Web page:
Default Re: Lessons Learned: Anti-Muslim Bias Goes Mainstream (Farhana Khera & Aziz Huq)

U.S. Muslims - view of al Qaeda
58% very unfavorable
10% somewhat unfavorable
5% favorable
27% don't know / refused

Homosexuality should be
27% accepted
61% discouraged

Do liberals think that it's reasonable for 27% of U.S. Muslim to "not know" about their feelings for al Qaeda? And is there a single liberal willing to challenge Muslims for their homophobia? Don't let me interrupt your circle jerk!
__________________
The mixing of populations lowers the cost of being unusual.
Reply With Quote
  #90  
Old 07-23-2011, 12:18 AM
whburgess whburgess is offline
 
Join Date: Jun 2010
Posts: 1,202
Default Re: Lessons Learned: Anti-Muslim Bias Goes Mainstream (Farhana Khera & Aziz Huq)

Quote:
Originally Posted by eeeeeeeli View Post
Right.

I just watched This Is England last night, which I highly recommend to those who have not seen it. It's the story of a young, poor English kid who loses his Dad in the Falkland Islands war, and finds support in a group of non-racist skin head misfits. However, a schism in the group develops when a racialized skin-head comes back from prison, and begins agitating for far-right English Nationalism, and to lead the skin heads in racial violence against the"Pakis", the Muslims, and generally the foreign, brown-skinned invaders.

It occurred to me during one particularly brutal scene where he's ranting against foreigners and the threat they pose against English sovereignty, that were you to merely remove the racist nouns, it wouldn't be a far cry at all from what is becoming more and more mainstream in American political rhetoric.

It is the same exact paranoid, conspiratorial, fuzzy logic bullshit that has always motivated right-wing nationalist hatred. There are obviously degrees, and certain people have their particular bogeymen, whether it is the "illegals" or Muslims, or various forms of non-"real" Americans. But that seed still lurks, and its scary. This board is filled with evidence of the kind of thinking that follows. (And these are supposedly the "reasonable ones"!)

I'm not sure what to call it. I'm not even sure what it is. Is it a feeling that then creates false-cognitions? Is it false thinking that creates these feelings, which then lead to even worse logic? With Muslims, people who should know better, liberals who understand quite well things like racism and patterns of cognitive bias, get caught up in Islamophobic Muslim-bashing. Heck, I just finished Sam Harris' The Moral Landscape, and he seriously raised the possibility of Europe falling to a new Caliphate. His desire to attack religion overwhelmed his ability to reason, in a freaking book about the ways in which reason gets blindsided by emotion!

I, Like Sugarkang, would really like to know who are these Really Scary mainstream Americans who are not far from being the equivalant of British skinhead paki stompers? Maybe I should be afraid as well.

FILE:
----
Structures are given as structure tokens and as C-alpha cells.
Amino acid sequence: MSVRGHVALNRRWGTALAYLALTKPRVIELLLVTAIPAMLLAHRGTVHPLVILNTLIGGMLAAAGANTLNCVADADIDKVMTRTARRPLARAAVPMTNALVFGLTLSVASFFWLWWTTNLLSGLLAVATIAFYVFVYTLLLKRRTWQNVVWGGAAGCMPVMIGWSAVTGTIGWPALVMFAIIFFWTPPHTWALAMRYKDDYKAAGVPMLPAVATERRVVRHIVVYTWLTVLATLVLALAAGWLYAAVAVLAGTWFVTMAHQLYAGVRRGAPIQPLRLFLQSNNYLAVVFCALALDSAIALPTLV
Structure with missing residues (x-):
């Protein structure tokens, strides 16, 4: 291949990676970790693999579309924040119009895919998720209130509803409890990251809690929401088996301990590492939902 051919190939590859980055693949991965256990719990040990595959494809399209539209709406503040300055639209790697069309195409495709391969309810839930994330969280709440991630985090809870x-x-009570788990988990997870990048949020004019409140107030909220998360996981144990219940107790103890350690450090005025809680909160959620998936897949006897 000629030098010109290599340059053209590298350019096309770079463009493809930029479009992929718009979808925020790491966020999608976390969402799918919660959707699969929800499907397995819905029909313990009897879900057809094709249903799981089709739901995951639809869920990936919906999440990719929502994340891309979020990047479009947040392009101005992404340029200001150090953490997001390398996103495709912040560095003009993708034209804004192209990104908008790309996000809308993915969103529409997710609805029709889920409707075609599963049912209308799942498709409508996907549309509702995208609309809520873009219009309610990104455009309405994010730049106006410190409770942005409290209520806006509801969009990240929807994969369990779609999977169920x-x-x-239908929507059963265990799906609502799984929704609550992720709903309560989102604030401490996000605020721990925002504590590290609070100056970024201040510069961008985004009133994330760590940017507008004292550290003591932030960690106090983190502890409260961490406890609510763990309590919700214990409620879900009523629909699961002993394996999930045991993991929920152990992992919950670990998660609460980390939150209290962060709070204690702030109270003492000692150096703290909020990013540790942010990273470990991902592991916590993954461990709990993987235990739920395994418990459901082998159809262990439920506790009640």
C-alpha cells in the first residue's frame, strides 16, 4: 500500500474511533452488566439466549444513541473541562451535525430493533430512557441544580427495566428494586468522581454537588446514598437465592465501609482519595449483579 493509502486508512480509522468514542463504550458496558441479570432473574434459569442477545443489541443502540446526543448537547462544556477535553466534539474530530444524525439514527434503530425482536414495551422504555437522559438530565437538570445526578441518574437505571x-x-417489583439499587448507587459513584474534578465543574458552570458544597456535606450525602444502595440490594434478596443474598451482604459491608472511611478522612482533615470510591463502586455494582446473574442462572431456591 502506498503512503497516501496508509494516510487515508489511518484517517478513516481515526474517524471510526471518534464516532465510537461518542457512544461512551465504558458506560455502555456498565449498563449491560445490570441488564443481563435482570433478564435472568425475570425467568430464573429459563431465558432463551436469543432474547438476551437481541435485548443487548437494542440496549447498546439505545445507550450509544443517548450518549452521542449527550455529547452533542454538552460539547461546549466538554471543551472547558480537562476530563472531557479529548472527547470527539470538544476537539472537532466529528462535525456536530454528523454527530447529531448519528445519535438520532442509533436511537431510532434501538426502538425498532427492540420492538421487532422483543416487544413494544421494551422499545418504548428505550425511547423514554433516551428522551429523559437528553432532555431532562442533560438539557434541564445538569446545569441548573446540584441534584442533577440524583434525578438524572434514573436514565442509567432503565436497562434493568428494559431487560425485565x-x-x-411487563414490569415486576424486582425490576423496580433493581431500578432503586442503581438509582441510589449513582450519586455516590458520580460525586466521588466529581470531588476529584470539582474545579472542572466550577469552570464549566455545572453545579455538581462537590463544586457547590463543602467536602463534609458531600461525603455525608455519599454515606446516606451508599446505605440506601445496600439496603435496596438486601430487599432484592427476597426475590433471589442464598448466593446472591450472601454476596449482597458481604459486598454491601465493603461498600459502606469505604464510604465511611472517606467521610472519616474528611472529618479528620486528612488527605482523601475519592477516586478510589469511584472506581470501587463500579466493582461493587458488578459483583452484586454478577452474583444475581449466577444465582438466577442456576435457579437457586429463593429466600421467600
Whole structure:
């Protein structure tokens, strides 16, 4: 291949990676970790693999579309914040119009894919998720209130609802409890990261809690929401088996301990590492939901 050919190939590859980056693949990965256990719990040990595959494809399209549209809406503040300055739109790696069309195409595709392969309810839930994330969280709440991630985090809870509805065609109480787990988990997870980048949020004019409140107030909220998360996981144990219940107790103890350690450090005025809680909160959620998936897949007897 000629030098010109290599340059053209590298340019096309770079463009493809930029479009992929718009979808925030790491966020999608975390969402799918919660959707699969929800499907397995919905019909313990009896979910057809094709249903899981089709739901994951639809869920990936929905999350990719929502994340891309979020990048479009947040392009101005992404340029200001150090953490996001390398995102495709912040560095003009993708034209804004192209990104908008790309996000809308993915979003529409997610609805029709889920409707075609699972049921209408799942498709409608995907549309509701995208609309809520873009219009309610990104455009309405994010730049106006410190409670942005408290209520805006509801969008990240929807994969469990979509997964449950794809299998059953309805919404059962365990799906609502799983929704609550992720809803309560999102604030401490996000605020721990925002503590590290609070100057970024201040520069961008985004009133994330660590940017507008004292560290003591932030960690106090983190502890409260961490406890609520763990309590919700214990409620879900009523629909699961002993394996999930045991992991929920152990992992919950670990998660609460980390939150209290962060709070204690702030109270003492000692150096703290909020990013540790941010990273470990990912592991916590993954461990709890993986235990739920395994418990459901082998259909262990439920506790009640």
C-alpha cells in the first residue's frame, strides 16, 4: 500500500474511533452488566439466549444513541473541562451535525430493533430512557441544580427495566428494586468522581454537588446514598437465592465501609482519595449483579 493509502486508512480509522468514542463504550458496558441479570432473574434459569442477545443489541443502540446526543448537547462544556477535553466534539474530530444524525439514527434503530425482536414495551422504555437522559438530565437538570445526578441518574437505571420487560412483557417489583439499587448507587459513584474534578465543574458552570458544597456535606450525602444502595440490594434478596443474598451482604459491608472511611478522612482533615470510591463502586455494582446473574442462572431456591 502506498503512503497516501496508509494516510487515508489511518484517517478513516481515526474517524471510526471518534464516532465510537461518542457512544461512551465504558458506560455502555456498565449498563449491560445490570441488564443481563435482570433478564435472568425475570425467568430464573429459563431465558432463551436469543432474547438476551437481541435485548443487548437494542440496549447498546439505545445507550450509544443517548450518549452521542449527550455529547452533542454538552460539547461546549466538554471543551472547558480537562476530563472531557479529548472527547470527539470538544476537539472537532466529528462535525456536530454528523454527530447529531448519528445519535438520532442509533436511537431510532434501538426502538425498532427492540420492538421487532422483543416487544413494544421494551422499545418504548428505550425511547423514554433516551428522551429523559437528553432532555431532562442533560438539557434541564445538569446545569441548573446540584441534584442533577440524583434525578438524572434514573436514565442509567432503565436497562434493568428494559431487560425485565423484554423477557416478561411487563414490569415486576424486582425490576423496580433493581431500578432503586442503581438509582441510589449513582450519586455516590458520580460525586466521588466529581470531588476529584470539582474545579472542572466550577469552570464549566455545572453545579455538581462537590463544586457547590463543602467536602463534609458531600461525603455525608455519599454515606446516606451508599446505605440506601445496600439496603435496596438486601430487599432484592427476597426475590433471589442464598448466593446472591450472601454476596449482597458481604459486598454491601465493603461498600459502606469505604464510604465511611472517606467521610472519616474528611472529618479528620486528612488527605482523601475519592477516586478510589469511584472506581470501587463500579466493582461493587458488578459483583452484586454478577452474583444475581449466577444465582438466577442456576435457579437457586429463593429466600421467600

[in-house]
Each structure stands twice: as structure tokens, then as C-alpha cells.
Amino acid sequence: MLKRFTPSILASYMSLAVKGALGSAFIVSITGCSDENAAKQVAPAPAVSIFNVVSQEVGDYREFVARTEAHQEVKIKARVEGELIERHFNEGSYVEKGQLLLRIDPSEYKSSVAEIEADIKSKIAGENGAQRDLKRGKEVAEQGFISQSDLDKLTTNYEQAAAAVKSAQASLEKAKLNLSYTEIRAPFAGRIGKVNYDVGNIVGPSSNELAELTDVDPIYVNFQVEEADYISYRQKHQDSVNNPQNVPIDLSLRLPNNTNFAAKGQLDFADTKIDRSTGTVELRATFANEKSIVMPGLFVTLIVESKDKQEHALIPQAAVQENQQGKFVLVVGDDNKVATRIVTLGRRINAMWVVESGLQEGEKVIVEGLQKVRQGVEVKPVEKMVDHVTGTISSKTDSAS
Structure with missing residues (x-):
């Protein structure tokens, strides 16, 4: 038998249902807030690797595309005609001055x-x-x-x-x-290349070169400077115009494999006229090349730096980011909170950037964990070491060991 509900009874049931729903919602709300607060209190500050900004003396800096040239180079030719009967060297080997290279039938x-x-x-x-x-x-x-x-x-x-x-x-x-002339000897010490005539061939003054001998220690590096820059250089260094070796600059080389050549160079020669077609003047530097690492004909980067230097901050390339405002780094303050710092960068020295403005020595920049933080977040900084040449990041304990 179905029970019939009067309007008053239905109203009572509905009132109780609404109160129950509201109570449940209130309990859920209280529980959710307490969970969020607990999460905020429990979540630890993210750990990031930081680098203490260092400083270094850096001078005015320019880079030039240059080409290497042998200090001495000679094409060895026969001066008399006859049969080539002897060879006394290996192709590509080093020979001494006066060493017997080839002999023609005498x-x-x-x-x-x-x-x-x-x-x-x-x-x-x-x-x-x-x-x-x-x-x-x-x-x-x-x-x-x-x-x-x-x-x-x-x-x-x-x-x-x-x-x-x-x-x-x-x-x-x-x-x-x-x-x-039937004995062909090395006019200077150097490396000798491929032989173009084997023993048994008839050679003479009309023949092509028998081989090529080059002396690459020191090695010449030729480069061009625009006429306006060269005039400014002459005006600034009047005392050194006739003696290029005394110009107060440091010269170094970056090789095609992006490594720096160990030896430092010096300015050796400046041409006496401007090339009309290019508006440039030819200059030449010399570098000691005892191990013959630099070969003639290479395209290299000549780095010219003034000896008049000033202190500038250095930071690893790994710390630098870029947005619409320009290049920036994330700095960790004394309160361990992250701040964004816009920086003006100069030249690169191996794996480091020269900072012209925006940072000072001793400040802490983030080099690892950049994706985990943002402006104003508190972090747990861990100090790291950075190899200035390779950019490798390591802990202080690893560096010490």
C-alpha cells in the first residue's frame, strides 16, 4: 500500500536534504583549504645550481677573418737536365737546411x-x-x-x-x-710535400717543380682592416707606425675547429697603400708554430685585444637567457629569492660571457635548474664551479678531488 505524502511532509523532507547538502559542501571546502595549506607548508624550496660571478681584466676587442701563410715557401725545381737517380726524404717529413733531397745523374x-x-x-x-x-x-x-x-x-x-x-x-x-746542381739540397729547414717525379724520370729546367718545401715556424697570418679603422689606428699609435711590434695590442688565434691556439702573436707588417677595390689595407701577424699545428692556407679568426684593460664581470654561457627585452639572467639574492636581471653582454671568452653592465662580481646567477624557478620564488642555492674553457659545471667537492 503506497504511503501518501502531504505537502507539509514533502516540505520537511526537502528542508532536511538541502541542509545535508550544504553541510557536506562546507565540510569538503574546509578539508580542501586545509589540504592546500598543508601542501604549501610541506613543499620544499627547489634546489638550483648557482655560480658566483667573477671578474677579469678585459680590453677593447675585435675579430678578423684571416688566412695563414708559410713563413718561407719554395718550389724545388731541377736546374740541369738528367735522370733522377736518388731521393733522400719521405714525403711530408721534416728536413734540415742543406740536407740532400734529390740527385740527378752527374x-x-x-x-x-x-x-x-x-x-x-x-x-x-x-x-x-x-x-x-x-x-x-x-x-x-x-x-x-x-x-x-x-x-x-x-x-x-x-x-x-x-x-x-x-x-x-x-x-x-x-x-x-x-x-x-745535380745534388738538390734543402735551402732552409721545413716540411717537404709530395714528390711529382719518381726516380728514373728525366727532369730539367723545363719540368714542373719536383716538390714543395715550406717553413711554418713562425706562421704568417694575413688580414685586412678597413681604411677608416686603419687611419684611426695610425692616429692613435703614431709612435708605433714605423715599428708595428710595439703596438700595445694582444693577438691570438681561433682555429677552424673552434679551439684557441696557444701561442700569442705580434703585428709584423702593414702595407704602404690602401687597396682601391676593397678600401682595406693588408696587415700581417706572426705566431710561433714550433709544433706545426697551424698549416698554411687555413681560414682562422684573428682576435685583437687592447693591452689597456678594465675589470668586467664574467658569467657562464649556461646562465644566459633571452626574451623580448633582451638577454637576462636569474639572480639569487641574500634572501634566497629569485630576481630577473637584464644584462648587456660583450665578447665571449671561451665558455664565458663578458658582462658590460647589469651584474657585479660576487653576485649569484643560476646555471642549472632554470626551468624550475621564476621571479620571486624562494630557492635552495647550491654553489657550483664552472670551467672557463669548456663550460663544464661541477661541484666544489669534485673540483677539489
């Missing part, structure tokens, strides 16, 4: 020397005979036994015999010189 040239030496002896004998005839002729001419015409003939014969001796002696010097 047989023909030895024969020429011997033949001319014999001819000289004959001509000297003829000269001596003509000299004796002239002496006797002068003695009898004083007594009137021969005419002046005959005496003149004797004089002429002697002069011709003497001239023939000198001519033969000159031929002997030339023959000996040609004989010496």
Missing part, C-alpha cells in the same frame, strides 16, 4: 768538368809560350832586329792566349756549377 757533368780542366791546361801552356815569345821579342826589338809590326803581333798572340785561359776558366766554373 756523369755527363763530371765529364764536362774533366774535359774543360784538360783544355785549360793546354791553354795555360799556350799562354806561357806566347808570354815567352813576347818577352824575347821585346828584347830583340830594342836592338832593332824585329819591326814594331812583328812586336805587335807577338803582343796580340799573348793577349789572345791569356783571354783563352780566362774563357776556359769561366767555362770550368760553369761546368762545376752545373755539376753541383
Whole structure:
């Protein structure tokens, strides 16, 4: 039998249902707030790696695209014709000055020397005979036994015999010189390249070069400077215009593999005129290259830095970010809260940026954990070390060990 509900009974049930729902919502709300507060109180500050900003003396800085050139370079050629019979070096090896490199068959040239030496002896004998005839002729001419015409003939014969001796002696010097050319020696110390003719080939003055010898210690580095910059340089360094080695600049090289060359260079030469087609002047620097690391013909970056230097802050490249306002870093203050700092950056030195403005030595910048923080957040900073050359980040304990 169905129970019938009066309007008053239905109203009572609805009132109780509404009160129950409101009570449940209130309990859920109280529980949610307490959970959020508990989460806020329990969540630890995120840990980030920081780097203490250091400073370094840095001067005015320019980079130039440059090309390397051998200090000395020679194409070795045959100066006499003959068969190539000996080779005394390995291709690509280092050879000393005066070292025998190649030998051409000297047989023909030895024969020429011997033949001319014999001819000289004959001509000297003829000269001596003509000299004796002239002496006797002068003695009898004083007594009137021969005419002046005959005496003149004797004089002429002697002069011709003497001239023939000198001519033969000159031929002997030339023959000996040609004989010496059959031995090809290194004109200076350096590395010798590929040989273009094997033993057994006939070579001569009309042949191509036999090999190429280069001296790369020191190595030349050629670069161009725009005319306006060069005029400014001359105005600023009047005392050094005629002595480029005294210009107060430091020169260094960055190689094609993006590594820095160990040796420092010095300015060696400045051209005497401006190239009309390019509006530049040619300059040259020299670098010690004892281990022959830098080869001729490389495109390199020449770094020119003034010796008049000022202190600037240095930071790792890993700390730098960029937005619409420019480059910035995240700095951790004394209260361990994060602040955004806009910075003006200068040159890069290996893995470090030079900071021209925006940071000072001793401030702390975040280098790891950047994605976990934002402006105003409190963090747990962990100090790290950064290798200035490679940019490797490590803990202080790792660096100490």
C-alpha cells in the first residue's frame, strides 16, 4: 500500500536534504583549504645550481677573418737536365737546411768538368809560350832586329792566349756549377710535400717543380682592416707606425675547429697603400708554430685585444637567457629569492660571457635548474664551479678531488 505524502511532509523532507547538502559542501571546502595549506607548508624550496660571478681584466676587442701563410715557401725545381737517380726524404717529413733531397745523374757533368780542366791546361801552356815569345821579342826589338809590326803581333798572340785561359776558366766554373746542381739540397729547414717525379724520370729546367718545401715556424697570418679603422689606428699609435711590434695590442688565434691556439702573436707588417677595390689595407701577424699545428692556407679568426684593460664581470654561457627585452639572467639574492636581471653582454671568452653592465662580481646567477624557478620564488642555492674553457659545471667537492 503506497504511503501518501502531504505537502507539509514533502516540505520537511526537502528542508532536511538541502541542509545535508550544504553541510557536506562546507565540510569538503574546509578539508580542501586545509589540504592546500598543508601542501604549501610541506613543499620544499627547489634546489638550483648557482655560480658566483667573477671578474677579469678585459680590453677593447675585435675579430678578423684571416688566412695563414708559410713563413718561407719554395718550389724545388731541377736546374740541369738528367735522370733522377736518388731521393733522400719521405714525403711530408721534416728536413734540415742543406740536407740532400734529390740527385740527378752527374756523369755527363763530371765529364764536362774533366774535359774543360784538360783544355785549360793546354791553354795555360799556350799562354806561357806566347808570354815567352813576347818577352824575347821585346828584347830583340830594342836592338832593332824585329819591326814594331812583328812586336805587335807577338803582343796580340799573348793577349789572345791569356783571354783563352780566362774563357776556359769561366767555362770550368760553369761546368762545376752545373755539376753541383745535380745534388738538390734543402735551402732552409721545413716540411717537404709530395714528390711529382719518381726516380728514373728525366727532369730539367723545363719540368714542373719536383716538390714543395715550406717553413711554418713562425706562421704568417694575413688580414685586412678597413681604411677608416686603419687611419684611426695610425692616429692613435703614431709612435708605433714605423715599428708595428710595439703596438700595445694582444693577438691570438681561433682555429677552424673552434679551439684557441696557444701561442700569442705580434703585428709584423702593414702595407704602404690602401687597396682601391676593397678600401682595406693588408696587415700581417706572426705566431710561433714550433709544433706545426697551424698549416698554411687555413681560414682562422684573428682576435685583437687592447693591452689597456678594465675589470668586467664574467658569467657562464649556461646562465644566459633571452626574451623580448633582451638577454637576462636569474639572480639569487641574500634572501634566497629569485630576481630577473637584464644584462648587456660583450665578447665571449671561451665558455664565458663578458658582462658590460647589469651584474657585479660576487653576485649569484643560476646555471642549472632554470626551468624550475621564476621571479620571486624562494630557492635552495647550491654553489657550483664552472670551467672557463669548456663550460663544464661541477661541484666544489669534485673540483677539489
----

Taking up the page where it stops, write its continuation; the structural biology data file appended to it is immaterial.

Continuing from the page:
At least apple is straightforward enough to come right out with what it is he is paranoid about.
Reply With Quote
  #91  
Old 07-23-2011, 12:19 AM
AemJeff AemJeff is offline
 
Join Date: Feb 2007
Posts: 7,750
Default Re: Norway

Quote:
Originally Posted by Wonderment View Post
Yes, Jesus, over 80 murdered at last count:
Funny how waiting for evidence instead of simply initiating a core dump from your id tends to work to one's advantage.
__________________
-A. E. M. Jeff (Eponym)
Magnets - We know how they work!
Reply With Quote
  #92  
Old 07-23-2011, 12:22 AM
Ocean Ocean is offline
 
Join Date: Jun 2008
Location: US Northeast
Posts: 6,784
Default Re: Norway

Yes, and JonI's post contained this comment:

Quote:
now there is not solid confirmation it was muslim terrorists that carried out that particular event, but who would be surprised if it was? My guess is only the lefties, this is their reaction to the obvious
Followed by the proverbial ostrich burying its head.

Is there a proverbial "opening one's mouth too soon"?
Reply With Quote
  #93  
Old 07-23-2011, 12:30 AM
AemJeff AemJeff is offline
 
Join Date: Feb 2007
Posts: 7,750
Default Re: Lessons Learned: Anti-Muslim Bias Goes Mainstream (Farhana Khera & Aziz Huq)

Quote:
Originally Posted by whburgess View Post
I, Like Sugarkang, would really like to know who are these Really Scary mainstream Americans who are not far from being the equivalant of British skinhead paki stompers? Maybe I should be afraid as well.

At least apple is straightforward enough to come right out with what it is he is paranoid about.
You haven't really fairly characterized what he said, have you? And "right-wing nationalist hatred" doesn't conjure any concrete images for you? You can't think of any people with "particular bogeymen, whether it is the 'illegals' or Muslims, or various forms of non-'real' Americans" whose rhetoric "is becoming more and more mainstream" here in America? No Arizona sheriffs, National Review contributors, Republican Presidential hopefuls, skinheads, White Nationalists, militia members, Koran burning pastors, or AM radio hosts come to mind?
__________________
-A. E. M. Jeff (Eponym)
Magnets - We know how they work!
Reply With Quote
  #94  
Old 07-23-2011, 12:41 AM
Hal Morris Hal Morris is offline
 
Join Date: Jun 2011
Posts: 85
Default Re: Lessons Learned: Anti-Muslim Bias Goes Mainstream (Farhana Khera & Aziz Huq)

Quote:
(Apple) Why is Islamic fundamentalism a corruption of Islam? It is closer to the version of Islam Muhammad followed than to the version of peaceful Muslims. Did Muhammad follow a corrupted version of Islam?